I recently watched “OMG GMO,” Jeremy Seifert’s aggressively uninformed “documentary” about the corporate duplicity and governmental callousness that he says drives the production of genetically engineered crops—which are, in his view, such barely concealed poisons that he actually dressed his children in full hazmat gear before letting them enter a field of genetically modified corn. Seifert explained his research process in an interview with Nathanael Johnson of Grist: “I didn’t really dig too deep into the scientific aspect.”
Fair enough. Normally, I would ignore anyone who would say that while publicizing his movie. But Seifert has been abetted by Dr. Mehmet Oz, the patron saint of internally inconsistent scientific assertions, and Seifert’s message of fear and illiteracy has now been placed before millions of television viewers.
Seifert asserts that the scientific verdict is still out on the safety of G.M. foods—which I guess it is, unless you consult actual scientists. He fails to do that. Instead, he claims that the World Health Organization is one of many groups that question the safety of genetically engineered products. However, the W.H.O. has been consistent in its position on G.M.O.s: “No effects on human health have been shown as a result of the consumption of G.M. foods by the general population in the countries where they have been approved.”Britain’s Royal Society of Medicine was even more declarative: “Foods derived from G.M. crops have been consumed by hundreds of millions of people across the world for more than fifteen years with no reported ill effects (or legal cases related to human health) despite many of the consumers coming from that most litigious of countries the U.S.A.” In addition to the W.H.O. and Royal Society, scientific organizations from around the world, including the European Commission and, in the United States, the National Academy of Sciences, have strongly endorsed the safety of G.M. foods. I could cite quotes from a dozen other countries. But let’s leave the overkill to Mr. Seifert.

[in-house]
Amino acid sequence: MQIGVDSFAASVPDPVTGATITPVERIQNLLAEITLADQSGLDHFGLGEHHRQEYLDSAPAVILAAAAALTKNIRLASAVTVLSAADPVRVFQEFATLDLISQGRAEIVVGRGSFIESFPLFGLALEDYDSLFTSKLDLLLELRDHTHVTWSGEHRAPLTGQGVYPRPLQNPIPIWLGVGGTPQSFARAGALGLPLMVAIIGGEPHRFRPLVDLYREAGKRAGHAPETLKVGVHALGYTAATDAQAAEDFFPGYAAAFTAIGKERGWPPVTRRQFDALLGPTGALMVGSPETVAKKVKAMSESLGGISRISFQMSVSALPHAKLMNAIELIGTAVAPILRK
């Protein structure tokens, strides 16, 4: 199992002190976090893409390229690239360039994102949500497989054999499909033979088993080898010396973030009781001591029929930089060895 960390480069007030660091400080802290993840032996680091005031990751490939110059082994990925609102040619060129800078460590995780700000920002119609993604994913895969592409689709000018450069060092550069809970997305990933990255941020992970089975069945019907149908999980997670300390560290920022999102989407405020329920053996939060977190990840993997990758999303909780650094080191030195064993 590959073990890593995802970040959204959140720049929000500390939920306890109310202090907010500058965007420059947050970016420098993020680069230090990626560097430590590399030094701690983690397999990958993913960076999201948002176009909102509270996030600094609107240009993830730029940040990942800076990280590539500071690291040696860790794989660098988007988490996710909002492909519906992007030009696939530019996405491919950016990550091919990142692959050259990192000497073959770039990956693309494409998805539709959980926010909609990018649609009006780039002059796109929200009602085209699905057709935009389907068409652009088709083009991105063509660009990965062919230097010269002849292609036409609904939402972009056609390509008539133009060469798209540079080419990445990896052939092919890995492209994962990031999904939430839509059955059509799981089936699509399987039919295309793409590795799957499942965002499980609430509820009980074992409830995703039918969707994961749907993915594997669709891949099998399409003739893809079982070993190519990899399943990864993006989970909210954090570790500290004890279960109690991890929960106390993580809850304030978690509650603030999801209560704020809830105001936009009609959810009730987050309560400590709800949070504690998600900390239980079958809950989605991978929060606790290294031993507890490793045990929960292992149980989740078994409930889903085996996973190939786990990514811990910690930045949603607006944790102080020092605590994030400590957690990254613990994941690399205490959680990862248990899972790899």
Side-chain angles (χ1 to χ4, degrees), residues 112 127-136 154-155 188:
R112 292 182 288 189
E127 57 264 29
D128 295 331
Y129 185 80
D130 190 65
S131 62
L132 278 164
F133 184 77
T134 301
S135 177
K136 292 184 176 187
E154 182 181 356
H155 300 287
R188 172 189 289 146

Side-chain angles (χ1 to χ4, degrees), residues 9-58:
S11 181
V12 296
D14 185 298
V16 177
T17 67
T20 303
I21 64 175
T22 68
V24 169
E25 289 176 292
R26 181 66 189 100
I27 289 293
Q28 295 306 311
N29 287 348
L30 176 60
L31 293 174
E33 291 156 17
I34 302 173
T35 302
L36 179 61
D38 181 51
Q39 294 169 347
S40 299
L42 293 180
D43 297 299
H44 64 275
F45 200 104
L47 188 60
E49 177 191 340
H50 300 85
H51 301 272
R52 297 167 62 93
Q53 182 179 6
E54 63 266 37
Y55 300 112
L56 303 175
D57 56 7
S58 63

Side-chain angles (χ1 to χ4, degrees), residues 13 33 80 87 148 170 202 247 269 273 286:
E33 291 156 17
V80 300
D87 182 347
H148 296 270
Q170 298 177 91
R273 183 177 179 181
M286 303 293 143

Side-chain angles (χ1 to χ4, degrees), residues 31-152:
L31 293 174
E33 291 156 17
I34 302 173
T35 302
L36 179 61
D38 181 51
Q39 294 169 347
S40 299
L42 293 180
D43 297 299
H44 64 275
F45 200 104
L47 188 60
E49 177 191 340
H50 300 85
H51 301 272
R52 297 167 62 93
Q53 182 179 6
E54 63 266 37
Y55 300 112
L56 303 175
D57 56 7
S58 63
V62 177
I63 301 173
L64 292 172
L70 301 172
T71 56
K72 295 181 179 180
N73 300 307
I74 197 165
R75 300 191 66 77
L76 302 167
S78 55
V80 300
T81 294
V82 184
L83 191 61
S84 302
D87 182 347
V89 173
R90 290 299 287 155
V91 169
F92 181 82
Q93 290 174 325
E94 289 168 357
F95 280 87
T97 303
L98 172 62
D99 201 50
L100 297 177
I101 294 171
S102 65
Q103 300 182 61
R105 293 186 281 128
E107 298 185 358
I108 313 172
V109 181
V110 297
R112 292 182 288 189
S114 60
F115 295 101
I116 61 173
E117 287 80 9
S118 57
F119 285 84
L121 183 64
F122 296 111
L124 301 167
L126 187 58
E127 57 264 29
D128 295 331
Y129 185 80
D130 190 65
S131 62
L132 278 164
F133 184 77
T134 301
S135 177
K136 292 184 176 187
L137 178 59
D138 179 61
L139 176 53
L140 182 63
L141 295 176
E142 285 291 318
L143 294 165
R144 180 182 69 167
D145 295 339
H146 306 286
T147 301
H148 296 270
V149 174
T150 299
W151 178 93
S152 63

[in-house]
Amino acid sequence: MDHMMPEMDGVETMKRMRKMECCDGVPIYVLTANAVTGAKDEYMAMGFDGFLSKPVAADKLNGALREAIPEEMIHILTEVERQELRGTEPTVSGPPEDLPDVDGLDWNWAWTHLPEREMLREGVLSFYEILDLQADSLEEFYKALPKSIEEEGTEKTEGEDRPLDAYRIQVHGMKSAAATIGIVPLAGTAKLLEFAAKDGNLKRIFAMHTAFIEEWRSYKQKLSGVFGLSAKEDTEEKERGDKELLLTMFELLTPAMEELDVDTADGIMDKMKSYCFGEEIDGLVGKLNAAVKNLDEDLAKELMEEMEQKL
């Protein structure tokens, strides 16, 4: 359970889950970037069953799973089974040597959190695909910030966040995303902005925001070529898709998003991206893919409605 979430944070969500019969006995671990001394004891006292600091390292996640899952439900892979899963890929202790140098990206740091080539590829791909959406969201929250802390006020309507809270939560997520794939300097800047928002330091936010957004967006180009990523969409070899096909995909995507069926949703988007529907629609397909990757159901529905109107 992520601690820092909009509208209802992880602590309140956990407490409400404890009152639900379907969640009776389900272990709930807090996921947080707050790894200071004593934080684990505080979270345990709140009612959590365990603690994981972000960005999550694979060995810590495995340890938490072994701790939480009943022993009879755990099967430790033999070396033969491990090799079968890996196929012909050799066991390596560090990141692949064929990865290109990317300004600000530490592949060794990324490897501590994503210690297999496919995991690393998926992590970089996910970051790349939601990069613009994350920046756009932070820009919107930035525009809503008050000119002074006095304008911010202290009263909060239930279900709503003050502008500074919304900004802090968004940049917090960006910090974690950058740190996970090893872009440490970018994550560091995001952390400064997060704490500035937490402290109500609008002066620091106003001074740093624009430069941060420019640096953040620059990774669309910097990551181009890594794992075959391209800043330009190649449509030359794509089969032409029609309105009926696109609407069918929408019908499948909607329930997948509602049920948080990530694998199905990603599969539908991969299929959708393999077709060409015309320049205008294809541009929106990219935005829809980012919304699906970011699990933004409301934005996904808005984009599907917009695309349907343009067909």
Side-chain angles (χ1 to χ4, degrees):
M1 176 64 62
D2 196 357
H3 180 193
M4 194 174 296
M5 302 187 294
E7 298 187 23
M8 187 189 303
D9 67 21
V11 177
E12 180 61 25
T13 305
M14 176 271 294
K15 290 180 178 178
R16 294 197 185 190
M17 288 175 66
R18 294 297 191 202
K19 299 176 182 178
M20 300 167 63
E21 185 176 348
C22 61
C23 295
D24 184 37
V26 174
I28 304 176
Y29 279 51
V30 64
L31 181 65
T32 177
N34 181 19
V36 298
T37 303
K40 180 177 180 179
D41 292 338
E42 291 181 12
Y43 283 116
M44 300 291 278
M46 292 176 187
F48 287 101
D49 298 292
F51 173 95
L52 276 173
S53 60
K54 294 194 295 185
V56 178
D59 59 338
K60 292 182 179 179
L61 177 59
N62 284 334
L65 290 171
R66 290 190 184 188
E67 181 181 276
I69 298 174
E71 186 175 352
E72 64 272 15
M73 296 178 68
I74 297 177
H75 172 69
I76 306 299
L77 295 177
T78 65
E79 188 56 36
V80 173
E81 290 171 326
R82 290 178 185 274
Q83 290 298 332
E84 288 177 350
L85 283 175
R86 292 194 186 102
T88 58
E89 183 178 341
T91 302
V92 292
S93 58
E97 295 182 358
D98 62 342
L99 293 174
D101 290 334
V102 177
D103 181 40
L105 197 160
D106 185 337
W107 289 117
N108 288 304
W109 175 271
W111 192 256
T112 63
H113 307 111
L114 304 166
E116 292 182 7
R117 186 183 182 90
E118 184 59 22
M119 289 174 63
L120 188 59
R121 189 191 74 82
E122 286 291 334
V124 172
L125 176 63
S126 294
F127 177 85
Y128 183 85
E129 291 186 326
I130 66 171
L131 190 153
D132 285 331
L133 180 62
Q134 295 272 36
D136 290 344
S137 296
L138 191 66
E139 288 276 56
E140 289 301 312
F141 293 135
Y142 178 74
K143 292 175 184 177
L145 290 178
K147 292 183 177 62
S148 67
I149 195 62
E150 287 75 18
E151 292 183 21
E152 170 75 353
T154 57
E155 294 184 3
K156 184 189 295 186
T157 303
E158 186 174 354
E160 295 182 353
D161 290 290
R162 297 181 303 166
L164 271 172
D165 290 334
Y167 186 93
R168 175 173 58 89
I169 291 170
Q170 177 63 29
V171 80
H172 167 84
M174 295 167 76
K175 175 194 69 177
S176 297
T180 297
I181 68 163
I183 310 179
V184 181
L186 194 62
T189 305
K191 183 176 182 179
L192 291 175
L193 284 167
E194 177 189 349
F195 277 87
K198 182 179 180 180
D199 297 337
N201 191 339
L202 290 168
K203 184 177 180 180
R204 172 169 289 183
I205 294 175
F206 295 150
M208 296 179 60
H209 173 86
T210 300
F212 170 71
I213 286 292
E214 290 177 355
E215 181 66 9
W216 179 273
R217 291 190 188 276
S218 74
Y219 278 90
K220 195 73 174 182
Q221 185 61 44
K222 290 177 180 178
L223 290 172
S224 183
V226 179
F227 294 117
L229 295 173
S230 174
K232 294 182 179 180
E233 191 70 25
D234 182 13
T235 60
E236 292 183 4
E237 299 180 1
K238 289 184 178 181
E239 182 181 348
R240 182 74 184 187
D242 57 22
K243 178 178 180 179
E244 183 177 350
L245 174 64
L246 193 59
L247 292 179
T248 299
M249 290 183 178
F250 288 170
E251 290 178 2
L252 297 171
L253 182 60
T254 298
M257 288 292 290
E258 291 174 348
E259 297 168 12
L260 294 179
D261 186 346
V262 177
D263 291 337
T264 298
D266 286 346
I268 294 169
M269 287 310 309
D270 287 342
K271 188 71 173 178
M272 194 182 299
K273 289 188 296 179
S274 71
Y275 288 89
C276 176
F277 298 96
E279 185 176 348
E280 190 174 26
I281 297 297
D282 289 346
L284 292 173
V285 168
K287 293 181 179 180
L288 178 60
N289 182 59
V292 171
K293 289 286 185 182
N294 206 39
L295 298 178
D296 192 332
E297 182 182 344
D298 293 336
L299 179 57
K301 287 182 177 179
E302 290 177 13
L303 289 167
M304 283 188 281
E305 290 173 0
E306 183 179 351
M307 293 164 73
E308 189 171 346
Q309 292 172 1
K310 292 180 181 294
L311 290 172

What else can you call it when a man sends his children into a field of genetically modified corn wearing gas masks? The director has few qualms about using his kids to make a point: early in the film, we watch him at a kitchen table with his boys, who are happily eating some Breyers ice cream. Seifert asks if they like it. They reply in the affirmative. “Even if it’s genetically modified, do you still like it?” he went on. His sons, neither of whom was older than ten, looked at him like he was a loon. Then he delivered the coup de grâce. “But, years and years from now, it might hurt you.” Nobody can really argue with that assertion. As a matter of fact, next Tuesday every person who has ever consumed a genetically modified product might drop dead. I can’t say it won’t happen, because you can’t prove what doesn’t exist. You can only look at the data, something that Seifert refuses to do.
As Ferris Jabr pointed out in extremely thoughtful review in Scientific American, Seifert’s intellectual laziness is profound. “Instead of using his children like marionettes for ludicrous theatrics, Seifert could have, I don’t know, done some actual research,” Jabr wrote. If he had, Seifert would have found that the toxin Bt, which is engineered into genetically modified corn, kills certain pests but poses no harm to people—which is why organic farmers have been spraying insecticide containing the Bt bacterium on their crops for years. Seifert also missed that Bt corn is actually sprayed less than conventional corn, and that the pesticide used, glyphosate, is hundreds of times less toxic than atrazine, the chemical it largely replaces. There have been more than six hundred studies published that address the relative risk of genetically engineered products; he might have read a few. Instead, Seifert relies heavily on research published, last year, by Gilles-Eric Séralini, which has been widely denounced throughout the world for its lack of statistical rigor, poor study design, and small number of controls.
Seifert even manages to mangle the points worth stressing. He says that weeds have become resistant to glyphosate; that is, to some degree, true. It is also true of every other pesticide or drug ever used. It is explained by a process called evolution. People with H.I.V. or tuberculosis, for example, take cocktails of medications; if they took only a single drug, the bugs would become resistant to it soon enough. That doesn’t mean there is nothing to be done about resistance or pests—or that it isn’t a problem. But better farming practices, like rotating crops and using cover crops, would help. So would lessening the practice of monoculture—planting a single crop, such as ten thousand acres of corn, and nothing else—which poses an equal danger to conventional and engineered products.
By themselves, genetically engineered crops will not end hunger or improve health or bolster the economies of struggling countries. They won’t save the sight of millions or fortify their bones. But they will certainly help. First, though, we have to adopt reality as our principal narrative. For people like Jeremy Seifert, that may be too much to ask.